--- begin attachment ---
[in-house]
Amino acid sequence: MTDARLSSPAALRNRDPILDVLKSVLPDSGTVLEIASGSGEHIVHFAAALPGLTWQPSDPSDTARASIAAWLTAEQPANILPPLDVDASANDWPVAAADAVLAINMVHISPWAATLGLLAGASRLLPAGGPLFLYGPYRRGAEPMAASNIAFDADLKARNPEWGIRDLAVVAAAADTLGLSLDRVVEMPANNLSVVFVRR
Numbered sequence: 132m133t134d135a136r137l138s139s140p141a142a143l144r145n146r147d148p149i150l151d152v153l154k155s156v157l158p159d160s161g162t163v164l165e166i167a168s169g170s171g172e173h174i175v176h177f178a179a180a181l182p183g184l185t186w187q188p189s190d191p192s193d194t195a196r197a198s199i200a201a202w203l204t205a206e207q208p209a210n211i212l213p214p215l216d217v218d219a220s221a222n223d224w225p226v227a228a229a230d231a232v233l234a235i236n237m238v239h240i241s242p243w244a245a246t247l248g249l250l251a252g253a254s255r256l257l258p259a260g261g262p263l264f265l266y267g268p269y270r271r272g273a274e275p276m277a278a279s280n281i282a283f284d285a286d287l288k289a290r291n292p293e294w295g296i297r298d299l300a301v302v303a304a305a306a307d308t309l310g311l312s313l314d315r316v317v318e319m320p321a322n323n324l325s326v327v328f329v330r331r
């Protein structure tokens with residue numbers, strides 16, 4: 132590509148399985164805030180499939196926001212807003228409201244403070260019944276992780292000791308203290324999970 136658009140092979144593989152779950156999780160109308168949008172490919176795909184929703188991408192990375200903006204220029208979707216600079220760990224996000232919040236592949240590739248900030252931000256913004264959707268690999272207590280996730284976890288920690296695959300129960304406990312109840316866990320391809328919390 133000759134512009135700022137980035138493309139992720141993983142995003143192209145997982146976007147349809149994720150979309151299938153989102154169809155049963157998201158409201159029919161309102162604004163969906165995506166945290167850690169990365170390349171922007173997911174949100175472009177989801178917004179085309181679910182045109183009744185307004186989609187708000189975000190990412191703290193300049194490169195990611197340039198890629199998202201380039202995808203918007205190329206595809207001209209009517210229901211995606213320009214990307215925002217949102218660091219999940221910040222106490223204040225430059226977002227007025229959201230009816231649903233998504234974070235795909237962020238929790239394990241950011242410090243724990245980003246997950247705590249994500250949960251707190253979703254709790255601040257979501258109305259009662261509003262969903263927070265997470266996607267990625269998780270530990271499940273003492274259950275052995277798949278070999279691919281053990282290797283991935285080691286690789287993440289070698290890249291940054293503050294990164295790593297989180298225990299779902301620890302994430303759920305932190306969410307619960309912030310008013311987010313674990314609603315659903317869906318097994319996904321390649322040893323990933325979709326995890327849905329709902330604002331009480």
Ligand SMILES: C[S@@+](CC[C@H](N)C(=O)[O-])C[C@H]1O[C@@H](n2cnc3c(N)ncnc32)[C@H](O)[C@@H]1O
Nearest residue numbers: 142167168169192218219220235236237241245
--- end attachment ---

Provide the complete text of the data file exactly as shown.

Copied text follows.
[in-house]
Amino acid sequence: MTDARLSSPAALRNRDPILDVLKSVLPDSGTVLEIASGSGEHIVHFAAALPGLTWQPSDPSDTARASIAAWLTAEQPANILPPLDVDASANDWPVAAADAVLAINMVHISPWAATLGLLAGASRLLPAGGPLFLYGPYRRGAEPMAASNIAFDADLKARNPEWGIRDLAVVAAAADTLGLSLDRVVEMPANNLSVVFVRR
Numbered sequence: 132m133t134d135a136r137l138s139s140p141a142a143l144r145n146r147d148p149i150l151d152v153l154k155s156v157l158p159d160s161g162t163v164l165e166i167a168s169g170s171g172e173h174i175v176h177f178a179a180a181l182p183g184l185t186w187q188p189s190d191p192s193d194t195a196r197a198s199i200a201a202w203l204t205a206e207q208p209a210n211i212l213p214p215l216d217v218d219a220s221a222n223d224w225p226v227a228a229a230d231a232v233l234a235i236n237m238v239h240i241s242p243w244a245a246t247l248g249l250l251a252g253a254s255r256l257l258p259a260g261g262p263l264f265l266y267g268p269y270r271r272g273a274e275p276m277a278a279s280n281i282a283f284d285a286d287l288k289a290r291n292p293e294w295g296i297r298d299l300a301v302v303a304a305a306a307d308t309l310g311l312s313l314d315r316v317v318e319m320p321a322n323n324l325s326v327v328f329v330r331r
């Protein structure tokens with residue numbers, strides 16, 4: 132590509148399985164805030180499939196926001212807003228409201244403070260019944276992780292000791308203290324999970 136658009140092979144593989152779950156999780160109308168949008172490919176795909184929703188991408192990375200903006204220029208979707216600079220760990224996000232919040236592949240590739248900030252931000256913004264959707268690999272207590280996730284976890288920690296695959300129960304406990312109840316866990320391809328919390 133000759134512009135700022137980035138493309139992720141993983142995003143192209145997982146976007147349809149994720150979309151299938153989102154169809155049963157998201158409201159029919161309102162604004163969906165995506166945290167850690169990365170390349171922007173997911174949100175472009177989801178917004179085309181679910182045109183009744185307004186989609187708000189975000190990412191703290193300049194490169195990611197340039198890629199998202201380039202995808203918007205190329206595809207001209209009517210229901211995606213320009214990307215925002217949102218660091219999940221910040222106490223204040225430059226977002227007025229959201230009816231649903233998504234974070235795909237962020238929790239394990241950011242410090243724990245980003246997950247705590249994500250949960251707190253979703254709790255601040257979501258109305259009662261509003262969903263927070265997470266996607267990625269998780270530990271499940273003492274259950275052995277798949278070999279691919281053990282290797283991935285080691286690789287993440289070698290890249291940054293503050294990164295790593297989180298225990299779902301620890302994430303759920305932190306969410307619960309912030310008013311987010313674990314609603315659903317869906318097994319996904321390649322040893323990933325979709326995890327849905329709902330604002331009480």
Ligand SMILES: C[S@@+](CC[C@H](N)C(=O)[O-])C[C@H]1O[C@@H](n2cnc3c(N)ncnc32)[C@H](O)[C@@H]1O
Nearest residue numbers: 142167168169192218219220235236237241245